– Olivier
    Mar 15 '12 at 9:57
  • I do not want to use another tool for the typesetting, just for the output formatting, so I can easily plug it in existing generation processes (based on makefiles, different tex engines, ...). So in fact my process is some-tool-that-produces-pdflatex-like-log-output | pyformat. Furthermore, it would be great to filter already generate log files through it, that is, be able to do a cat file.log | pyformat. Generally speaking, this is about separation of concerns: Engine invocation is a concern that could (and should) be separated from output formatting, so both can be used independently.
    – Daniel
    Mar 15 '12 at 10:20
  • Ah, that makes sense. I will try to make that available with pydflatex (should be easy, because it is already what happens inside pydflatex, first execution, then log parsing). Good point.
    – Olivier
    Mar 15 '12 at 14:31
  • 1
    @Daniel I implemented (parts of) your suggestion in the new version of pydflatex.
    – Olivier
    Aug 24 '13 at 13:42
5

The modern solution is latexmk.

5
  • 1
    Is there any intermediate between -silent and -verbose?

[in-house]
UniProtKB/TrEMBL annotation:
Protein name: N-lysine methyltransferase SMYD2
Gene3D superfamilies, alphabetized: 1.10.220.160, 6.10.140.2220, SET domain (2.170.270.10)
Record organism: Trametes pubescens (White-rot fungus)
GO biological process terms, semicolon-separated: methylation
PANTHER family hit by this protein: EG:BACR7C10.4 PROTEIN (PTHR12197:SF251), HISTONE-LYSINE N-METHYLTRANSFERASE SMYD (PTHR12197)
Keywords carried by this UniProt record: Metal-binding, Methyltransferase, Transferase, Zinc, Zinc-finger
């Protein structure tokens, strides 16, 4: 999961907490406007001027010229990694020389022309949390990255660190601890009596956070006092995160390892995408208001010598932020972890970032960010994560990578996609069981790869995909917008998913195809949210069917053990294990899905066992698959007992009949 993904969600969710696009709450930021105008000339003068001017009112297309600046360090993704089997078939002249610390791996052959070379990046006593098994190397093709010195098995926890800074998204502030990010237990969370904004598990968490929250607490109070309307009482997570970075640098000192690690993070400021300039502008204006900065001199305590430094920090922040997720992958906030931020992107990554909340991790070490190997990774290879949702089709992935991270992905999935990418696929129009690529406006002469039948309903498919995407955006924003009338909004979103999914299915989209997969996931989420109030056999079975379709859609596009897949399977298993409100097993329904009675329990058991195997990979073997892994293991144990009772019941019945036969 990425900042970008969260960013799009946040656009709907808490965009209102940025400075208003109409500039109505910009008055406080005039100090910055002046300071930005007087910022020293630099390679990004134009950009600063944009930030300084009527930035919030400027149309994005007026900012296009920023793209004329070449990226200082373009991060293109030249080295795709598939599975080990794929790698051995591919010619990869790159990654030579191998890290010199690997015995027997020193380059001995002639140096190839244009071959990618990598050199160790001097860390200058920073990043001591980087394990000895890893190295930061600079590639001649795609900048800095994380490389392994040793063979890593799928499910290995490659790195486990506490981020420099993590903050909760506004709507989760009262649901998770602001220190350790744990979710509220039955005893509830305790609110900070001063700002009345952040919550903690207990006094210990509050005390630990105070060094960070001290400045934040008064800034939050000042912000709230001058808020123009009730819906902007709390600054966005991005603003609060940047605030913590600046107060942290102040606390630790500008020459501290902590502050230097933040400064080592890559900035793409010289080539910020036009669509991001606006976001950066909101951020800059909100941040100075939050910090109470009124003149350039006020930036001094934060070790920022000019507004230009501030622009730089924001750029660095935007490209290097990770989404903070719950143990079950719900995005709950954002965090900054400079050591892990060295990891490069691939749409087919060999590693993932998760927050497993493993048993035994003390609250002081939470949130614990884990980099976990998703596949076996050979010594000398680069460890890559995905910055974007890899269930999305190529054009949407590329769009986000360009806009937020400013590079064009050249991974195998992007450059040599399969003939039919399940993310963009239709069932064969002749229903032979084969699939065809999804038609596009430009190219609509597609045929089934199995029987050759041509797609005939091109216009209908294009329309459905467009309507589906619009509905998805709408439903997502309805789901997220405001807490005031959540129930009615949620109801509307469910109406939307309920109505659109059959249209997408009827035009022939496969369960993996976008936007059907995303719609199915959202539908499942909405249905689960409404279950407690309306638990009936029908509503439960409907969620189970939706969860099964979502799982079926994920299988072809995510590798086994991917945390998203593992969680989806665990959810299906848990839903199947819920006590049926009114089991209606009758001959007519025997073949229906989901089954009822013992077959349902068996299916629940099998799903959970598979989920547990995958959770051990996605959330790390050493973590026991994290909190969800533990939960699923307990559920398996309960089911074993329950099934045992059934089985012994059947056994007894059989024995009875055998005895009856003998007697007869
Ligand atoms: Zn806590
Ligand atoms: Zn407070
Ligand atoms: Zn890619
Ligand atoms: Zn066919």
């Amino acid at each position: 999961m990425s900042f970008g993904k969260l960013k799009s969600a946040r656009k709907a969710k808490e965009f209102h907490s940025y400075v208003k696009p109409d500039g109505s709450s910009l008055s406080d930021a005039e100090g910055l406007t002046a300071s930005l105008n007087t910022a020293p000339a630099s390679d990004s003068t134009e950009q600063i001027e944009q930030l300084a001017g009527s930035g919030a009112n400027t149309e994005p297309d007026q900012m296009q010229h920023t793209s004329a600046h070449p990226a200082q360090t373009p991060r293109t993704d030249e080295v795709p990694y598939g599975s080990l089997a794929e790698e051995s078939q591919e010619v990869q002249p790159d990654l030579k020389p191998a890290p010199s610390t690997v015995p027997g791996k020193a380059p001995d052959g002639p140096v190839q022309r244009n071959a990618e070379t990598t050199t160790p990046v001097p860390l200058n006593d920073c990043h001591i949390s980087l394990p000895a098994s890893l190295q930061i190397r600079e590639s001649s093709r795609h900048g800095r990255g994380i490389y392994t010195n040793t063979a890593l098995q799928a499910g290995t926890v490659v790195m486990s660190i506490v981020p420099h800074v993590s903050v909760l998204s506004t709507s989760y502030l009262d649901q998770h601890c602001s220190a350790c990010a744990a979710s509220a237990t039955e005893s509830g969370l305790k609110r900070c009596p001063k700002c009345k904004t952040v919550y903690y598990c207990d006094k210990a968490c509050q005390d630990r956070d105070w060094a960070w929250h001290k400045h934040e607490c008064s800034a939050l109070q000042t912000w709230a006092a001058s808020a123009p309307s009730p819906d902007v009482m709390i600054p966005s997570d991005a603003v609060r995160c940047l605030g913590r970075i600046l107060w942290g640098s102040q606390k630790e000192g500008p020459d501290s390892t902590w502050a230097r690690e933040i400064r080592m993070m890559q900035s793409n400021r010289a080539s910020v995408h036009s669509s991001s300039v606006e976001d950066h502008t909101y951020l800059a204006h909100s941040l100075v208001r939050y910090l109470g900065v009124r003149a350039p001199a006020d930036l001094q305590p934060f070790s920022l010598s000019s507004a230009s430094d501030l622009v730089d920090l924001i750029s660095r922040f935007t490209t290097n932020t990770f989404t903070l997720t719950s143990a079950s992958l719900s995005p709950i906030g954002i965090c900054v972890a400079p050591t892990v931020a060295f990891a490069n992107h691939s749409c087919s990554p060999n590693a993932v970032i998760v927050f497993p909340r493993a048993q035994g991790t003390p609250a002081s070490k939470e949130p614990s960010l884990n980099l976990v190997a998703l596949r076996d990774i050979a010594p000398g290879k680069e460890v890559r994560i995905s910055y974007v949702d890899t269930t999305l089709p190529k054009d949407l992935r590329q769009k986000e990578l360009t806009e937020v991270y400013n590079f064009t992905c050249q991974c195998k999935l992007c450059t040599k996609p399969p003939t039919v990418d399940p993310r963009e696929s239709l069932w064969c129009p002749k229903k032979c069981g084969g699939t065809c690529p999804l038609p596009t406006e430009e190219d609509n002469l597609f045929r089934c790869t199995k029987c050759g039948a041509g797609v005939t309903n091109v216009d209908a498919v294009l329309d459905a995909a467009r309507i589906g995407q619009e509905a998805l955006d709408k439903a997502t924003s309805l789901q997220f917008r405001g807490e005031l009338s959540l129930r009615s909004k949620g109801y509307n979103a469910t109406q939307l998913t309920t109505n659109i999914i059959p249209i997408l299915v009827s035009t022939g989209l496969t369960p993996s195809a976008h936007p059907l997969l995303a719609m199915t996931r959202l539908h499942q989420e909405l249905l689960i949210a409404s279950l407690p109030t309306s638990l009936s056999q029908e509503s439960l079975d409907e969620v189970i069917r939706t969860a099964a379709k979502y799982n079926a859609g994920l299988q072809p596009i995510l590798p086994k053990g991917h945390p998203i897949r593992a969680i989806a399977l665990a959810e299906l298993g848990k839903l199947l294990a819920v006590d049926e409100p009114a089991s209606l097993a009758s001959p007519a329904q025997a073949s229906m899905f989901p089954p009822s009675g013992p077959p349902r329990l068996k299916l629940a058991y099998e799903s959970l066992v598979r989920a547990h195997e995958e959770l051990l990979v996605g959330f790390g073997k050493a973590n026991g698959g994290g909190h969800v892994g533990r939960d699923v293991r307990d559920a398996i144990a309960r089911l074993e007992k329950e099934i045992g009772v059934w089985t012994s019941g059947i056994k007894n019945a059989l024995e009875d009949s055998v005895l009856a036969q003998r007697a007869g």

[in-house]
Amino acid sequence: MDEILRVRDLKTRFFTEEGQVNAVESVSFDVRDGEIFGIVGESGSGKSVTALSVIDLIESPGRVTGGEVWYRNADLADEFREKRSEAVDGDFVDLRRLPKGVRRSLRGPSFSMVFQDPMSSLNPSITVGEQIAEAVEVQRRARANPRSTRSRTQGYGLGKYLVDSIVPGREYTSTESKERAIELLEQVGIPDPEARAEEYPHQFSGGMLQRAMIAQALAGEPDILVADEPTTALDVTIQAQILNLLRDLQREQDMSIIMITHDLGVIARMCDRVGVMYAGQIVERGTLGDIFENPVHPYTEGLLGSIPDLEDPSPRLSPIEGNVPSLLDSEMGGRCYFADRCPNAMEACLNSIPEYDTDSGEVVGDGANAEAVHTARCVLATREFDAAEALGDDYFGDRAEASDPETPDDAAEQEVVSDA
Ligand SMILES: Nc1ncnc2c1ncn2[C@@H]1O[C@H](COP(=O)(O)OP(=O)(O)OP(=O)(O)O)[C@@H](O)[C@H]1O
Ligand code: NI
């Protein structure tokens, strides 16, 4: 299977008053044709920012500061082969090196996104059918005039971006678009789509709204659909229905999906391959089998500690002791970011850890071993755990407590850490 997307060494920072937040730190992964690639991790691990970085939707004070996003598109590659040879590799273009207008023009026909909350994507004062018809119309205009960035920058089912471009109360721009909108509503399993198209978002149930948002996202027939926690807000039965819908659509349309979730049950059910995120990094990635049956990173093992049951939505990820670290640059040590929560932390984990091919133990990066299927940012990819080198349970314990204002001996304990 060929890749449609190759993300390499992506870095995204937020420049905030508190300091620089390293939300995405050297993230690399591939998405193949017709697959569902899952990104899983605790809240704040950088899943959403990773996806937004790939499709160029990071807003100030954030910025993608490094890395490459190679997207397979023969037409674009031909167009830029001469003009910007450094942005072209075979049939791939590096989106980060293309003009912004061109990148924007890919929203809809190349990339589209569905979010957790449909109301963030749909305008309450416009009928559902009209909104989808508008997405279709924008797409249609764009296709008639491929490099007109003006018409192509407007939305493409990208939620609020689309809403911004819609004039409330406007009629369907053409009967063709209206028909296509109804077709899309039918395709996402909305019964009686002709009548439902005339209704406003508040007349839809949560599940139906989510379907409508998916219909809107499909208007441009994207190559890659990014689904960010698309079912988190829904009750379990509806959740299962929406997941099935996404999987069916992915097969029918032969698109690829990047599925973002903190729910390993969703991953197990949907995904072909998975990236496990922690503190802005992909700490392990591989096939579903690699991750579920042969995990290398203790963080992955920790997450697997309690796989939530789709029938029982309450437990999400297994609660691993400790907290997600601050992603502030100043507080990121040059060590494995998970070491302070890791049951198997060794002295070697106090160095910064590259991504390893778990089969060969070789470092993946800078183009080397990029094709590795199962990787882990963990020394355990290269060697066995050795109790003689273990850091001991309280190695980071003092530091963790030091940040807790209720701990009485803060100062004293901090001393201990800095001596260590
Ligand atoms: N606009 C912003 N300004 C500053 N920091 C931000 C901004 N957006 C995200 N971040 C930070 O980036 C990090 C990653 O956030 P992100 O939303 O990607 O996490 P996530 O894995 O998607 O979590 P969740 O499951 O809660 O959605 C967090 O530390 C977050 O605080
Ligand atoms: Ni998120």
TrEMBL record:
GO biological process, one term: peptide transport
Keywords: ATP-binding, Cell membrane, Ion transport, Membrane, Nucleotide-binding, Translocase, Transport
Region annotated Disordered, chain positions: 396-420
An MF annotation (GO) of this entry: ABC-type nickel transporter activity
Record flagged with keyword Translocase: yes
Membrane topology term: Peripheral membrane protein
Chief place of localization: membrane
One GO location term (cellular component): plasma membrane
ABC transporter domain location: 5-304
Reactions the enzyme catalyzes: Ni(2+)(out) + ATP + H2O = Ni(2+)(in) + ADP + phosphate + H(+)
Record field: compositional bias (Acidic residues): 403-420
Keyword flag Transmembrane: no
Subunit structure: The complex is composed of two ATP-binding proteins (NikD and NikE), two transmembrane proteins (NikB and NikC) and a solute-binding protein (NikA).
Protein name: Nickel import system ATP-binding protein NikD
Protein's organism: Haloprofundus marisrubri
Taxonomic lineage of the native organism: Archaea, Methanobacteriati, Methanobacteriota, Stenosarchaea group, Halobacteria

– Joel Hamme
    Mar 28 '16 at 20:04
  • @JoëlMeyer-Hamme I have no idea. Perhaps make another question?
    – Neil G
    Mar 28 '16 at 20:04
  • 1
    I'll keep looking. --interaction=batchmode looked promising but suppresses all warnings.
    – Joel Hamme
    Mar 28 '16 at 20:09
  • @JoëlMeyer-Hamme You could use and maybe modify an output parser like pplatex listed as another answer here.
    – Neil G
    Mar 28 '16 at 20:35
  • errors - Use latexmk to filter the log file - TeX - LaTeX Stack Exchange ... but it doesn't have any solution that too late uses latexmk.
    – user202729
    Nov 13 at 1:47
4

Having read the answers, I ended up with this lightweight solution:

pdflatex -interaction=nonstopmode paper.tex 1> log || cat log

2

Consider also following tool:

Pretty Print LaTeX: pplatex

pplatex --cmd <yourlatexbinary> -q -- latexfile.tex

Based on the parser of kile.

Note about availability:
Not part of MikTex or TexLive and not contained in Debian/Ubuntu repositories and there is also no Mac OSX homebrew formula. However, custom installation is not difficult. Update 2016: links on github to pre-compiled binaries for linux-x64 and windows are available.